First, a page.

Ira Is Declared E Production Champion

Greg Ira was declared the E Production national champion. (SCCA photo)
Greg Ira was declared the E Production national champion. (SCCA photo)
Greg Ira was declared the E Production national champion. (SCCA photo)

ELKHART LAKE, Wis. — Three-times a bridesmaid, Greg Ira is now a Sports Car Club of America National Champion after on-track E Production race winner Matt Reynolds was penalized for last-lap contact in a battle for the lead at the 50th SCCA National Championship Runoffs at Road America.

Ira led in his No. 2 GlenMartin Nissan 260-Z as the field received the one-to-go signal. Recovering from an early-race spin in his No. 71 Reynolds Brothers Racing/Jesse Prather Mazda Miata, Reynolds ran Ira down, but made contact with the Nissan in Turn Eight, allowing the Mazda through and into the lead. On the track, Reynolds finished 0.173-second ahead of Ira.

Following the race, the SCCA Stewards of the Meet determined that Reynolds was in violation of General Competition Rules (GCR) sections 6.11.1.A, B, C and D relating to On Course Driver Conduct. He was moved back a total of three positions (one for the last-lap incident and two for an earlier incident), making the revised top three finishers Ira, Aaron Downey and Chris Dryden.

The race got off to an adventurous start, as two early leaders slid off course. Reynolds was battling with Jim Daniels on the third lap and took the lead when Daniels’ No. 76 Mazda Miata slid off the track near the Kink. Moments later, Reynolds spun in Canada Corner on his own, and waited to rejoin the field as several cars passed him.

SafeRacer Polesitter Downey then took the point in his No. 5 Motorsports Mazda RX-3, but it was short-lived, as Ira was soon into the lead.

Having fallen back to 14th, Reynolds was on a tear through the field, setting the Hawk Performance Hot Lap of the Race with a time of 2:28.274 (97.117 mph) on lap six. He was back up to second place on lap 11, passing Downey for the position.

“The level of aggressiveness that some people have is different,” Ira said. “That might fly in another class, but a bump-and-run, for whatever the reason is, isn’t a good way to win if you ask me.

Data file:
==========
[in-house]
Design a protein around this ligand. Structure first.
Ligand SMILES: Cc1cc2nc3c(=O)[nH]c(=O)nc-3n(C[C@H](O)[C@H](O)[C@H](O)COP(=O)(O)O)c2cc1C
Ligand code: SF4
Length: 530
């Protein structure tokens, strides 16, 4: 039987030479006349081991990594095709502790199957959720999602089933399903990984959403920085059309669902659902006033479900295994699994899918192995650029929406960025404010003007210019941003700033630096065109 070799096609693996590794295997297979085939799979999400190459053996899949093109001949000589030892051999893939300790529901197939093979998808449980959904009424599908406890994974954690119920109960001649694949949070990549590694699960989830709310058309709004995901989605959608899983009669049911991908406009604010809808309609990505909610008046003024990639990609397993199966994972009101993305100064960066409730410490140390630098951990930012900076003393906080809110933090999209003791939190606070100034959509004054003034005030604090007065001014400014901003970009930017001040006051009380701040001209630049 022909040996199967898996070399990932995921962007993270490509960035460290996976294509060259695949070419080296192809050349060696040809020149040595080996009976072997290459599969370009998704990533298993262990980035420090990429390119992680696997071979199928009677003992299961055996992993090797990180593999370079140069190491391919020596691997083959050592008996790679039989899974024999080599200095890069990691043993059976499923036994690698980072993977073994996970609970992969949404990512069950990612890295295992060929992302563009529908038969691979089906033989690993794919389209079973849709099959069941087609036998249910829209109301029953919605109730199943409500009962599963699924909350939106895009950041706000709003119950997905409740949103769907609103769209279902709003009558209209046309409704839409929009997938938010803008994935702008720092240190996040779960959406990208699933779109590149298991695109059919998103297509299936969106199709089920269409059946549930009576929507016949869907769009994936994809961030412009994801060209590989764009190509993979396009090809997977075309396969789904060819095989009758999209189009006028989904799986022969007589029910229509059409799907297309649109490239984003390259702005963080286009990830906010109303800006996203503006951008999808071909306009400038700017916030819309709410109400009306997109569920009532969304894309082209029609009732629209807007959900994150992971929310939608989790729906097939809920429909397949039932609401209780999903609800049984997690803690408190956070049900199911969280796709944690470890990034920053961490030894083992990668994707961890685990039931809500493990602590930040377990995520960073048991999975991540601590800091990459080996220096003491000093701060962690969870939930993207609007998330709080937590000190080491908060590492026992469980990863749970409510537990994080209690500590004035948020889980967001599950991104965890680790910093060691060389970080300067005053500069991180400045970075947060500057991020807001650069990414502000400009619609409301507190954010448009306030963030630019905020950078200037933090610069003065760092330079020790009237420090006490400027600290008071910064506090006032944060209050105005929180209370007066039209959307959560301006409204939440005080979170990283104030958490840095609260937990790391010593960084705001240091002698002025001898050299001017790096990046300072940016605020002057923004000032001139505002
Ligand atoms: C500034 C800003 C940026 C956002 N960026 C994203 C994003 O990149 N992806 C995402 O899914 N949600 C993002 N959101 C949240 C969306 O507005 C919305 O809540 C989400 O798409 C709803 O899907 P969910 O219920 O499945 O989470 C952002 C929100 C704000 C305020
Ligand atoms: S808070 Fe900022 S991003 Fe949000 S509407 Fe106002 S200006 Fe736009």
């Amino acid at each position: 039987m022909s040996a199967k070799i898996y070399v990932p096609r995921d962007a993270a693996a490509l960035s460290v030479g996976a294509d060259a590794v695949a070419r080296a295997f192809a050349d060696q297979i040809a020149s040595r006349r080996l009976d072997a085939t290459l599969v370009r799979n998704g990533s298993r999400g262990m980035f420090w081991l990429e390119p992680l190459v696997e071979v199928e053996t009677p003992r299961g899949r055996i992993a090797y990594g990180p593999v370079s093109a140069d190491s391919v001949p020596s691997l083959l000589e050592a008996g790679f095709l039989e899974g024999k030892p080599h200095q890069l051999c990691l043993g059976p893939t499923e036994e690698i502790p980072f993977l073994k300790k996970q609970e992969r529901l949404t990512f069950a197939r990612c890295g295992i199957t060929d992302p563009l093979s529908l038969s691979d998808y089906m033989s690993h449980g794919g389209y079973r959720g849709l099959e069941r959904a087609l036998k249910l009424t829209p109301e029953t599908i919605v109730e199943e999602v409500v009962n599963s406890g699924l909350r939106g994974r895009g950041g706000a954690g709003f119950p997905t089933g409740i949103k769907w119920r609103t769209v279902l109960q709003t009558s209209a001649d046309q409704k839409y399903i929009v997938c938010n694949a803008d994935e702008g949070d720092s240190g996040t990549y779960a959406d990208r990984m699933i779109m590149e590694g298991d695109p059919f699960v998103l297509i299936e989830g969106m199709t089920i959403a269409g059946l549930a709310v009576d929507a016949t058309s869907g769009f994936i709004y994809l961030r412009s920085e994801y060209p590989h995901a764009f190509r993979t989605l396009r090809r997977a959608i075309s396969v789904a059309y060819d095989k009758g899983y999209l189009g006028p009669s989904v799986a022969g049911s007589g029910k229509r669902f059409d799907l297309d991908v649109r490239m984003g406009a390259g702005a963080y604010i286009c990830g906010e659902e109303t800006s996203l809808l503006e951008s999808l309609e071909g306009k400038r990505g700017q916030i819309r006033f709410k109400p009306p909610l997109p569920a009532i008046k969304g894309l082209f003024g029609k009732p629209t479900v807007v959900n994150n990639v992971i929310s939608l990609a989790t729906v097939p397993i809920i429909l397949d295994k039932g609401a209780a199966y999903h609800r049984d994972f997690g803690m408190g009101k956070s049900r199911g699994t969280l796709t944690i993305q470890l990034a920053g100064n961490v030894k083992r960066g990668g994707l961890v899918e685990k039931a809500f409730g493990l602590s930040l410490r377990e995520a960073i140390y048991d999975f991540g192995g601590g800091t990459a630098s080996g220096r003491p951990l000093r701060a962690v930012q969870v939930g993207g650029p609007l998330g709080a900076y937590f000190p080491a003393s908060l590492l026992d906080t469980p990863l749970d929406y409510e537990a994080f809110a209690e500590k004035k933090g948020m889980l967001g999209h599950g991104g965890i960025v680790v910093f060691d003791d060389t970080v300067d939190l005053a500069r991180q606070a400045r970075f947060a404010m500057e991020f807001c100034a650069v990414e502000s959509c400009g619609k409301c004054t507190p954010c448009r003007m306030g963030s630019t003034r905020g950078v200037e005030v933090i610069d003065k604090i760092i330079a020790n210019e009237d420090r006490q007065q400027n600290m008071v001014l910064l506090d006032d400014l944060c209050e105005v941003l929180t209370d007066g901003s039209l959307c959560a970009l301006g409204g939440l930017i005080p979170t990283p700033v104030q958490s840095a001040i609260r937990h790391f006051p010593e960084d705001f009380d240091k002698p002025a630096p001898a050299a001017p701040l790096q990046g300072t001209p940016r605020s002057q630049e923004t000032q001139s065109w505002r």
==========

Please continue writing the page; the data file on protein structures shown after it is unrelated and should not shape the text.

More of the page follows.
“These old cars we’re in, we really have to wheel them,” Ira added. “Winning with one of our older cars is difficult. But I was never comfortable. My head was always down, and I was always trying to click and hit my marks the best I could, for the exact reason that happened at the end. I told myself I was going to raise my aggressive level today because of our need to win so badly.”

“It was two very competitive drivers and two good drivers going for the same spot,” Reynolds said immediately following the race. “I chose my line, which was underneath, and there was just a little contact. It was a racing incident, and I did apologize to Greg.”

In the revised results, Ira’s margin of victory was 8.362 seconds, averaging 90.441 mph.

Downey bounced around the top five, and led lap three in the No. 5 Motorsports Mazda RX-3. In the end, he was only 0.201-second ahead of Dryden the new third-place finisher in the No. 02 PayPal/Carbotech BMW Z3.

“We were just off on the setup,” said Downey, the recipient of the GoPro Move of the Race after drifting through the Carousel early in the race. “I never lost sight of the leaders. Yes, I did lead a couple times during the race, but I never felt like I had a winning car.”

Reynolds was placed fourth in the final results, one position ahead of Jesse Prather, of Topeka, Kan., who drove the No. 34 Jesse Prather Motorsports/Mazdaspeed/Hoosier Mazda MX-5.



Previous articleChurch Conquers Hickory PASS Foes
Next articleTurner Rides The Rail At Tazewell is America's Trusted Motorsports Authority. Since 1934, SPEED SPORT has been the destination for all things motorsports news...from NASCAR to Formula 1, Sprint Cars to Top Fuel dragsters, Supercross to Superbikes.